I’m drifting today between the delicate and the harsh, between all that has passed and all that is yet to come. I think of my father now gone, and your mother now gone, and George’s mom who just died at ninety-nine. I feel stretched between the peace and tension that dilates and constricts for Eternity. When the Universe constricts, we are tense and conflicted. When the Universe dilates, we are still and at peace. I think of Joel who died… Read more

how little time there is, I’m falling in love with everything: the stranger whose name I’ll never know, and the crow pecking at the half bagel she left for him.   Now that the walls I didn’t know were walls have come down, I want to care for everything. And the sun warming in all directions without preference is showing me how.   Today my heart aches, not because something is lacking, but because the love I’ve carried all along… Read more

I am tired of those who swill their head in a bucket and claim there is no God or Good or Beauty to be had.   I come from a tribe of survivors who love life more than the hardships they’ve been dealt. And we have found each other the way rivers find the sea.   We know pain, fear and struggle, like dark fish nibbling at our bottom. But have grown love, faith and will like barnacles, razored out… Read more

The train slammed into the station, injuring hundreds. The engineer was critically hurt. People toppled over each other, bouncing across seats and against windows. There was blood and glass everywhere. One woman shimmied her way to the platform when part of the station ceiling fell, pinning her. She thought she would die. Then the hands of fellow passengers lifted her, one to another, and she was saved. Later, she wanted to say thank you but didn’t know who to thank…. Read more

Where do all the forgotten promises land? “I would never hurt you.” “I will love you forever.” “What’s mine is yours.”   I have been on both sides.   Sometimes in our frailty we don’t follow through. We simply don’t deliver. But often, we promise what can’t be promised.   It’s not a matter of lying. Though sometimes we lie. More that the hawk’s wings can’t cover the sky.   A Question to Walk With: In conversation with a loved… Read more

For example, the toaster needs to be cleaned, and taking it apart, the last screw loses its thread, and I can’t take the bottom off completely or put it back together. But it was my grandmother’s toaster, and I’m not ready to get another. But no one will fix it, and I can’t figure out how to. So I stop having toast for a month until I can accept it’s time to let it go. And somehow, though I feared… Read more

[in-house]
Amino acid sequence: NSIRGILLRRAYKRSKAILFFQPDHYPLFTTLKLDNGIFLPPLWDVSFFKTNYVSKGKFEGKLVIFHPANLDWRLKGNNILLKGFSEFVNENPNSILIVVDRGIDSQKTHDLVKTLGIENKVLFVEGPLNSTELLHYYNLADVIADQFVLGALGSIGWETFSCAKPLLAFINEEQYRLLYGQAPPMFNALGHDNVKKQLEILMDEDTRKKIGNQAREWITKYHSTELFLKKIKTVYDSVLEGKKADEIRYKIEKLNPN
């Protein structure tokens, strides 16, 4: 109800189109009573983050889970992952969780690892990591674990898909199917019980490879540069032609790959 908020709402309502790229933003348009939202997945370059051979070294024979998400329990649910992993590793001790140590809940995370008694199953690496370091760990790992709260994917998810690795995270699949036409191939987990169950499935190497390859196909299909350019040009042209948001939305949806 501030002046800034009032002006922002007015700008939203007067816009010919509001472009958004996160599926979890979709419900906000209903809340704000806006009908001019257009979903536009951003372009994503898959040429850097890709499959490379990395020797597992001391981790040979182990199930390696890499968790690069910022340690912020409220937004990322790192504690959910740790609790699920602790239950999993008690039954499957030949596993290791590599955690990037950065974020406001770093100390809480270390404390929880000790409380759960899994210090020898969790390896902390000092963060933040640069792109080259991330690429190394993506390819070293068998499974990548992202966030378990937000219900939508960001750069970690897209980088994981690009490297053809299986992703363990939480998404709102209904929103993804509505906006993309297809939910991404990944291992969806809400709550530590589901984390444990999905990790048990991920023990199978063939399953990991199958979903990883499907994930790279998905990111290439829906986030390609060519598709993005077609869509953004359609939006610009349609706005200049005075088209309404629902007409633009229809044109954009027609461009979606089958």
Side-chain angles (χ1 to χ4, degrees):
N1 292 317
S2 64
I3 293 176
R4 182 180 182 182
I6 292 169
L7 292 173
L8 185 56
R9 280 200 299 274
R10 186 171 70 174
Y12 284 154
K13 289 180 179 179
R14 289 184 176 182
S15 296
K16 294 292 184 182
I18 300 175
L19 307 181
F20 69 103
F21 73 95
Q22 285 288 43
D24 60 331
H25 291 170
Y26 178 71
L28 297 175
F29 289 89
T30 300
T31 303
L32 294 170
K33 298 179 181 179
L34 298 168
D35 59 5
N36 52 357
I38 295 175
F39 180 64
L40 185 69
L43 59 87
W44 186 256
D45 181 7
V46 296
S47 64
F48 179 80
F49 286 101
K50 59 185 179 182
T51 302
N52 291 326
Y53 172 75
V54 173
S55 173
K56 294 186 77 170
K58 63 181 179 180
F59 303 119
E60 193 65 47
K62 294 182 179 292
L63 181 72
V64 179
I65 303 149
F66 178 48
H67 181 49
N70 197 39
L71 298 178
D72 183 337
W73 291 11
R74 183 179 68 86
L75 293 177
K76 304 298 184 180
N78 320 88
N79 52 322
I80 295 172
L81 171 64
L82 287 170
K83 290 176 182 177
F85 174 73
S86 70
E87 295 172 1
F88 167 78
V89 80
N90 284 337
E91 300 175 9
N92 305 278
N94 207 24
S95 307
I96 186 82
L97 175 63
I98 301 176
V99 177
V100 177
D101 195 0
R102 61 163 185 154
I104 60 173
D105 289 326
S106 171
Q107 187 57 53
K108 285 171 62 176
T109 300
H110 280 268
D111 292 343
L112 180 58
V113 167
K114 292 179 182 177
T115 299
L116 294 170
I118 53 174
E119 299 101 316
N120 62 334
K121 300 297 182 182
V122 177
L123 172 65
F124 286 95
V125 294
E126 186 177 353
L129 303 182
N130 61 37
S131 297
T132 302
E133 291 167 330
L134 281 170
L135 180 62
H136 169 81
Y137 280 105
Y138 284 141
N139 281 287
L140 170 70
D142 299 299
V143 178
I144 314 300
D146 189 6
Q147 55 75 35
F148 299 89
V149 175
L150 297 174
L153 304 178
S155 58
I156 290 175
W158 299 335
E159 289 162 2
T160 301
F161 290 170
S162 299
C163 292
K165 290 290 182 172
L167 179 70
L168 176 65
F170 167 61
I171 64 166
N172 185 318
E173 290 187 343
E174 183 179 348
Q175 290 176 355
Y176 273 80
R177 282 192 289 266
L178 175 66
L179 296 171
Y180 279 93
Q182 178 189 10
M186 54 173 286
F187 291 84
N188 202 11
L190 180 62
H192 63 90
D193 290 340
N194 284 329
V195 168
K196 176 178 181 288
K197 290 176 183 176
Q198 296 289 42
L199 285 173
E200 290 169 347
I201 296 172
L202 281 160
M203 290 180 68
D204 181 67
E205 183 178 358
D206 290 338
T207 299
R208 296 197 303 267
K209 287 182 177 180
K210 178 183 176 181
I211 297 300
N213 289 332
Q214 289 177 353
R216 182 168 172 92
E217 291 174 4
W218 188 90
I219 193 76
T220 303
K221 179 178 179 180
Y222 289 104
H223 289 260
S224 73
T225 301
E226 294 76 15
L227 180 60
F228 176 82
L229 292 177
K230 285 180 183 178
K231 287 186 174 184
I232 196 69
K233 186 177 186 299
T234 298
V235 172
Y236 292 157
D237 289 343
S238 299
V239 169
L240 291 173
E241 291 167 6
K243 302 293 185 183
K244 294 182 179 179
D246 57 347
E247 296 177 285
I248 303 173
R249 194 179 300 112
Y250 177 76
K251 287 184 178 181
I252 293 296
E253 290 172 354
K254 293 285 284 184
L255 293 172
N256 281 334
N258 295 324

You can, despite the innocence you were born with, feel that something is missing, and try to forget that you are empty, by reading hundred- year-old novels, or planting dozens of bulbs, or you can try to fix what you see as broken in others until they call you kind, or you can look into the hidden gears of the world until others think you intelligent, and when nothing reaches you, you can run into things until old ways crack,… Read more

If you can’t sleep or look away from all that’s going on, then you haven’t done enough. I know that’s not helpful. But we have to accept this so we can do better the next time. We have to stand up before someone tells someone else they don’t belong. We need to look for the one who is lost before they become a fugitive. We must give a voice to kindness before people forget what it means. So if you… Read more

As you pour milk on your cereal, I am grateful for the sound of milk flowing over dried grain, for the peace that lets us wake and eat together, to stare at each other in silence like small animals. I am aware how safely tumbled through Eternity we are. Not to be hunted from birth. Or chased into the forest and forced to part. Or beaten for a secret some warlord thinks we’re hiding. I eat my toast and close… Read more

Delayed by storms, I’m having latkes in a hotel and you all come flooding back to me. Grandma pressing them with an old spatula on her Brooklyn stove. Dad saying, “Ma, you’re making enough for an army.” And Mom having a cigarette in the corner, arms folded, back against the wall.   In my sixty-sixth year, the smell of latkes makes me feel you mother, a year after your death. I miss what we never had.   You were always… Read more

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